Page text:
Photo courtesy of Amazon Prime Video.

While it sucks that it becomes Max’s job to point out how out of line and frankly naive Carson is at her big age, it works and it forces her to immediately consider her actions. The brawl on the mound in episode four and the intensity of it is a direct result of Carson constantly being labeled innocent while Lupe on the other hand is written off as hot-tempered. Both are equally as passionate about the success of the Peaches and the league, but as Carson is white and Lupe is Mexican, they are painted differently in every moment leading up to that fight. Carson isn’t the only one who has to come to terms with this reality and her role in it, but in her growth into a real leader, she actually does so.

Watching a grown adult take accountability without slipping into a white savior trope is what made Carson ultimately forgivable. In her path to learning the power of her own voice, she also sees that her power comes with a responsibility for her actions. Carson becomes a better and more aware human being which in turn also serves her in becoming the best coach she can be. And she owes that lesson and better connection to the world around her to Max Chapman.

Of course, their friendship is far from a one-way street. While Max already has a best friend to support and love her in Clance, Carson serves as the essential teammate and coach that Max is denied access to. When Max gets the yips, Carson gives her a person on a similar plane to discuss her troubles with in a way that reminds her of why she loves the game in the first place. It’s Carson who gets Max to realize that her struggles around identity are impacting her outstanding abilities.  Debates over “having a catch” or “playing catch” help Max to focus and train to get back to herself and in the fight to fulfill her dream of being a professional pitcher.

It was when their parallels spilled into their personal lives and their journeys into the discovery and acceptance of their queerness that I became a real sap for these two. Some of my strongest friendships to date started in a similar fashion to Carson and Max. Well minus the subtle blackmail and secret meetings in abandoned fields. There is something wonderful about that first time one can really talk about a woman having feelings for another woman and know that any expression of attraction isn’t going to be met with disgust. It’s comforting and reassuring and finding that space to speak freely about my sexuality and identity with my softball teammates is what makes them essential to my wellbeing.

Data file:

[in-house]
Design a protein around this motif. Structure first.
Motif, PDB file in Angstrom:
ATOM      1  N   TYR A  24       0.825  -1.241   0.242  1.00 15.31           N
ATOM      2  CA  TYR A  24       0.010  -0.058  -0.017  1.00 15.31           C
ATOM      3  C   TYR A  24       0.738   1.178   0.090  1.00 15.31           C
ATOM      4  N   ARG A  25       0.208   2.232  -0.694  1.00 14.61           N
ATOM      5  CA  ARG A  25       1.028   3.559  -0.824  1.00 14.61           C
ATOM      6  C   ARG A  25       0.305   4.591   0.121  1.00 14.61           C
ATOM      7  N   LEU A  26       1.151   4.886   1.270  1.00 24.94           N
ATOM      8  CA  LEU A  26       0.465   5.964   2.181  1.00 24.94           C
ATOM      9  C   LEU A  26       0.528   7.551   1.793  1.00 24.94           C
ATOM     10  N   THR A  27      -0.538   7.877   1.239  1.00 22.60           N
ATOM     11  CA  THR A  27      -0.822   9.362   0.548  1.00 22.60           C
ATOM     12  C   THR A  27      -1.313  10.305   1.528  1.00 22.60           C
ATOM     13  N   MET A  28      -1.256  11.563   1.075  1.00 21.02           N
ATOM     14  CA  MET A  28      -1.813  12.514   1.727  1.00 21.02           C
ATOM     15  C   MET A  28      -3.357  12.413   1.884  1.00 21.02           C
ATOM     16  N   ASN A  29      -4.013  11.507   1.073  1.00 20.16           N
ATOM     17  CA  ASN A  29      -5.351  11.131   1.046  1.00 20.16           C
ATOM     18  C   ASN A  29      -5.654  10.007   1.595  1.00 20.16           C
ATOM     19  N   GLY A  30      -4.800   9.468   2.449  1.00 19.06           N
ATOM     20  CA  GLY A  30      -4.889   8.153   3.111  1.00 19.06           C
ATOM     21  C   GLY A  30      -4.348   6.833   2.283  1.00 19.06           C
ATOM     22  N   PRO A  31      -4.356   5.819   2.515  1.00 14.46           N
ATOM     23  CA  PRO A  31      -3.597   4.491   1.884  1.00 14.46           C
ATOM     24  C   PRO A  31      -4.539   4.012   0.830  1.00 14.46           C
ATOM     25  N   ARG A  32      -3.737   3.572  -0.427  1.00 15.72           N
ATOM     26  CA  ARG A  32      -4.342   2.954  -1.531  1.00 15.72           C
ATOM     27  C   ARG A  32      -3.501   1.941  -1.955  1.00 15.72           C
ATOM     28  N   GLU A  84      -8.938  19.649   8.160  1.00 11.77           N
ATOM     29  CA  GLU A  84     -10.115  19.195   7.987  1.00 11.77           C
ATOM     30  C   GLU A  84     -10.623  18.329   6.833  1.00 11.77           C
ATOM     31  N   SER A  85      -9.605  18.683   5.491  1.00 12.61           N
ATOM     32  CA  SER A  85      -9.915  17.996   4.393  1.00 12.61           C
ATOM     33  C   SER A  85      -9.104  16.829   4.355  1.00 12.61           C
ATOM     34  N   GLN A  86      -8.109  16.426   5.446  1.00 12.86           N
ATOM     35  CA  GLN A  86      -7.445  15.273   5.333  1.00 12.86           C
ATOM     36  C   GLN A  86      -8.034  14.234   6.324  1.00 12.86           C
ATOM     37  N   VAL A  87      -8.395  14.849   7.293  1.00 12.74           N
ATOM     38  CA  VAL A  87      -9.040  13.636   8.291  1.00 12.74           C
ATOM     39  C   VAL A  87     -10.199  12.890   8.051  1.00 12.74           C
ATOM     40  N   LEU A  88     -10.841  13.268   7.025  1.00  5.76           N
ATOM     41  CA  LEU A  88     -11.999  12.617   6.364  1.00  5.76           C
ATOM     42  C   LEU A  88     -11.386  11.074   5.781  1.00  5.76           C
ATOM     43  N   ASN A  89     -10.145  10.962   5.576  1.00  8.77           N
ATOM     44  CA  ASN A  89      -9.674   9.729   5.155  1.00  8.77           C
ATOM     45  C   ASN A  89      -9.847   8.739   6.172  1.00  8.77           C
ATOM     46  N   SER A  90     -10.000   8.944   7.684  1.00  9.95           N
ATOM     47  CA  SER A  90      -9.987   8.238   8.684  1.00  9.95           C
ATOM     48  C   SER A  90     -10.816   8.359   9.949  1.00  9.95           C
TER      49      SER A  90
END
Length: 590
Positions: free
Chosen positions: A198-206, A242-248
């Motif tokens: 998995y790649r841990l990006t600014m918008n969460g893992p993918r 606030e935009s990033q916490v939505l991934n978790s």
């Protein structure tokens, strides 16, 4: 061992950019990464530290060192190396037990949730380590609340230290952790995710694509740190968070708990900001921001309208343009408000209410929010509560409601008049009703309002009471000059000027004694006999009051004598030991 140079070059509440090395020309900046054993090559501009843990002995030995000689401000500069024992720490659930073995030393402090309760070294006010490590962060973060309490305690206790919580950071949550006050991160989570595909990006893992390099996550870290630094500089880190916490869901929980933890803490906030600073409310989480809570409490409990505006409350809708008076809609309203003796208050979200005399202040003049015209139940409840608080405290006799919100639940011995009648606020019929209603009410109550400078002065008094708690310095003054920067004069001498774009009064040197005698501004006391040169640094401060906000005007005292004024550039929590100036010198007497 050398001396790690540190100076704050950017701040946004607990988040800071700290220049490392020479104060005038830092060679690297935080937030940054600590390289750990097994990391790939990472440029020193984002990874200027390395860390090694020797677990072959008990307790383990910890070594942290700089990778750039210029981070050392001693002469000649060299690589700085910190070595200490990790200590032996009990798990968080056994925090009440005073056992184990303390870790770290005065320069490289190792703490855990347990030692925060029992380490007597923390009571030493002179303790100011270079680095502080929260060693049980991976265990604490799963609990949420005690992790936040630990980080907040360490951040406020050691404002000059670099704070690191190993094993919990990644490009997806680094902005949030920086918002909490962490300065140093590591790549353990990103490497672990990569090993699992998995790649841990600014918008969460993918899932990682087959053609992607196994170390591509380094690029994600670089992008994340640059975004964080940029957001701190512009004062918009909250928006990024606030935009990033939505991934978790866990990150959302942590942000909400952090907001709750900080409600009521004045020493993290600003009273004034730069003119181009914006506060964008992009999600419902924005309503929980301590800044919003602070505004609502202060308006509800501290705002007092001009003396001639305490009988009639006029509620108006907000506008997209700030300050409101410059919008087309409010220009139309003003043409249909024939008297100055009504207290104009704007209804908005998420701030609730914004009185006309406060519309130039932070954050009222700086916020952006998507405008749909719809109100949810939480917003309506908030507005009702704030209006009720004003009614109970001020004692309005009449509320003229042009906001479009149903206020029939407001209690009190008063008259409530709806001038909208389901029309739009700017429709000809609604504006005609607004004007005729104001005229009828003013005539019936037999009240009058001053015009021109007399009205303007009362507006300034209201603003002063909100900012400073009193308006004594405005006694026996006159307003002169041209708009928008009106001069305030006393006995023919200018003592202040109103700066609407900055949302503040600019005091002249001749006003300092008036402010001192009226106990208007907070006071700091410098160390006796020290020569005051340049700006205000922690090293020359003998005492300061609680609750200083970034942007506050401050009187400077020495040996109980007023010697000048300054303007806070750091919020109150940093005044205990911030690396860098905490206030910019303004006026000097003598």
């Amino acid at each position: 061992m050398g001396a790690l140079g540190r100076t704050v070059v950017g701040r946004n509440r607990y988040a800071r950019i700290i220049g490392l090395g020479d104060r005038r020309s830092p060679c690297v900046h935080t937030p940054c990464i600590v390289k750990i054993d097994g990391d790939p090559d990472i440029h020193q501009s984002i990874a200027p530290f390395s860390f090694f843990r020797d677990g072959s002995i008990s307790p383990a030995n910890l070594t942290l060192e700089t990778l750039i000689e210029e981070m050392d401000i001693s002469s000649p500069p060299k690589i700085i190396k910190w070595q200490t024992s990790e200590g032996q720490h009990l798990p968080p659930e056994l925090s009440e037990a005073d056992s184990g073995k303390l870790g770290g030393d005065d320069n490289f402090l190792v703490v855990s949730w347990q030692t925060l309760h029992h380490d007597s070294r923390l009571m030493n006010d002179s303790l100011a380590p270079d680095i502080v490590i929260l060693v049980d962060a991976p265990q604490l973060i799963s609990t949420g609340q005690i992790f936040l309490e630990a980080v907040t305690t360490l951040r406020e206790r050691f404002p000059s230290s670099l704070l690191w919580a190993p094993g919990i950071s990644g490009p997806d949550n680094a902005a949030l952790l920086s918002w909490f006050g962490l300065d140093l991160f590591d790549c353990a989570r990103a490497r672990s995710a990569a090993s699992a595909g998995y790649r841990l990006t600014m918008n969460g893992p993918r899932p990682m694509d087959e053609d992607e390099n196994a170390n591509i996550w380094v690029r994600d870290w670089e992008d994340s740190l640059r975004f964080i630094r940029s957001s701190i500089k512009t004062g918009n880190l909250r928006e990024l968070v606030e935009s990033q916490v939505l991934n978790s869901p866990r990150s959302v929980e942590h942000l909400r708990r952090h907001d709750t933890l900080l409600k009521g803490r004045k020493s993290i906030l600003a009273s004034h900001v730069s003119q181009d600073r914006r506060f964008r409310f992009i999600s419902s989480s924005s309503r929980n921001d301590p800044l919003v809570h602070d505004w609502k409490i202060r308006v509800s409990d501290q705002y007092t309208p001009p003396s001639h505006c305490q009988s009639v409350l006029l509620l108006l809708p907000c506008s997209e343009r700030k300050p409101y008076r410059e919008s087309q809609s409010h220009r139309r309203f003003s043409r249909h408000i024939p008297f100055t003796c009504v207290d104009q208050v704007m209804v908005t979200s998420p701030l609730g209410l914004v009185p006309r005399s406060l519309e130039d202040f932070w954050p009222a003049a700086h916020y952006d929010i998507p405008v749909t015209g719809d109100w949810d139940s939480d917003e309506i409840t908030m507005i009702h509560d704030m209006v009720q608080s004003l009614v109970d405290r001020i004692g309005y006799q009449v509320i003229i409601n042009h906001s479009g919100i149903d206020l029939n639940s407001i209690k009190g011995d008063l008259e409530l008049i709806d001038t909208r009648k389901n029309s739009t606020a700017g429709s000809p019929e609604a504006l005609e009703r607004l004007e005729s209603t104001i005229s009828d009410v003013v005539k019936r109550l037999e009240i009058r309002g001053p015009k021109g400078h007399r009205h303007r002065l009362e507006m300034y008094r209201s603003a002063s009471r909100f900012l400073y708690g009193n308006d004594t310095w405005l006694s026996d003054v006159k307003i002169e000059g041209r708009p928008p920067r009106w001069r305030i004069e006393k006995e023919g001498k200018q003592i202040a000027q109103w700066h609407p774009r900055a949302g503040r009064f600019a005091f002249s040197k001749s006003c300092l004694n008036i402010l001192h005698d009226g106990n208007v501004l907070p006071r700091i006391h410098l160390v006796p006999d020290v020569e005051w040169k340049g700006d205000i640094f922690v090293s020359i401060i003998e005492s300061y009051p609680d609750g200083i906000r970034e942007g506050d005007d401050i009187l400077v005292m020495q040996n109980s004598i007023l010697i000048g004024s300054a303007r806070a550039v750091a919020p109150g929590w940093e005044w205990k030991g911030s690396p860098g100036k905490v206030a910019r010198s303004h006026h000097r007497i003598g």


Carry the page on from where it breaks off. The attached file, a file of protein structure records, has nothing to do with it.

Photo courtesy of Amazon Prime Video.

Carson and Max share so many incredible scenes that choosing one as my favorite proved extremely difficult for me. But the one I eventually settled on was the last one we see of them in season one. When they reflect on all that’s happened since they met while celebrating Max’s offer to play for the All-Stars. Some truly great lines are in this scene, but my favorite thing about it is to simply admire how much they’ve changed both physically and the confidence they both seem to naturally radiate with. These two know who they are now and are stronger for it. Even if what they’ve earned could be taken away in an instant, Carson and Max found a way to make their dreams come true. To me, they just don’t give the appearance of women who could be stopped any time soon. And the very same can be said for their dauntless fans.

There’s a reason so many of us have watched and then rewatched these episodes, tweeted, edited videos, and written several thousand-word letters on “A League of Their Own.” You’ve given us one incredible season of romance and sports-laced history lessons that we’ll be keeping with us in all new and wonderful ways just as we did with the original film. You made something incredibly special that continues to connect people because of the deep and ever-growing love we have for it. If the announced final four episodes are all that remains,  I know damn well that I’ll be happy with five minutes of anything like this rather than ever knowing what things would be like without you and the wonderful stories you’ve brought into our lives again.

So just in case you’re somehow wondering if I’ll be there next season, know that I and so many others wouldn’t miss it for the world.  



Read the whole series of love letters to “A League of Their Own” here.

Ashley Durham (she/her) is a writer and communications manager from Pittsburgh, Pennsylvania. She is a graduate of Westminster College with a BA in Broadcast Communications and has worked in the Steel City as a media specialist in recent years. She continues her love of journalism as a blogger with a focus on television and film.